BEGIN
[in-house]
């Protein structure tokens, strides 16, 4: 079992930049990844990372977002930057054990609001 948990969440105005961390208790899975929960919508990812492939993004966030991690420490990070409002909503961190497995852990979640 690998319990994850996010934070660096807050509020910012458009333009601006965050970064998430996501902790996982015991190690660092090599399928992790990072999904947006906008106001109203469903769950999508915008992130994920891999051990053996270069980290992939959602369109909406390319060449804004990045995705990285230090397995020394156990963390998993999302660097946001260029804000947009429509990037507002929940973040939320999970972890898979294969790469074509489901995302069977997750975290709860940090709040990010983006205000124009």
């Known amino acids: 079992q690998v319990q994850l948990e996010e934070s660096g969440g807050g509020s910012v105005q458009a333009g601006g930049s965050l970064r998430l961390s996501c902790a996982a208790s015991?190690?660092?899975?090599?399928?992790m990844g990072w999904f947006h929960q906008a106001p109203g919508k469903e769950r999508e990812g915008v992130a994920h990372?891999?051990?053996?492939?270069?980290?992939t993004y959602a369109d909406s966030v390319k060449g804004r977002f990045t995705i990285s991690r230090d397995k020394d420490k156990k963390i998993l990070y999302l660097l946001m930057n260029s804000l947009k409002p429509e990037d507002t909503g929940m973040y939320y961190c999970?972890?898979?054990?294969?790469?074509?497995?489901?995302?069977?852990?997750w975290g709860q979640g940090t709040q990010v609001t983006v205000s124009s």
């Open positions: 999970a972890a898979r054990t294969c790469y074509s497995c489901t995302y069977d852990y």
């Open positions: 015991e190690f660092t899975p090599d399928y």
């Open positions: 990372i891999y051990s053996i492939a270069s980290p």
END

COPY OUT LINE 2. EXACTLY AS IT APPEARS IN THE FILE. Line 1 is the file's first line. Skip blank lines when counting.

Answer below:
């Protein structure tokens, strides 16, 4: 079992930049990844990372977002930057054990609001 948990969440105005961390208790899975929960919508990812492939993004966030991690420490990070409002909503961190497995852990979640 690998319990994850996010934070660096807050509020910012458009333009601006965050970064998430996501902790996982015991190690660092090599399928992790990072999904947006906008106001109203469903769950999508915008992130994920891999051990053996270069980290992939959602369109909406390319060449804004990045995705990285230090397995020394156990963390998993999302660097946001260029804000947009429509990037507002929940973040939320999970972890898979294969790469074509489901995302069977997750975290709860940090709040990010983006205000124009």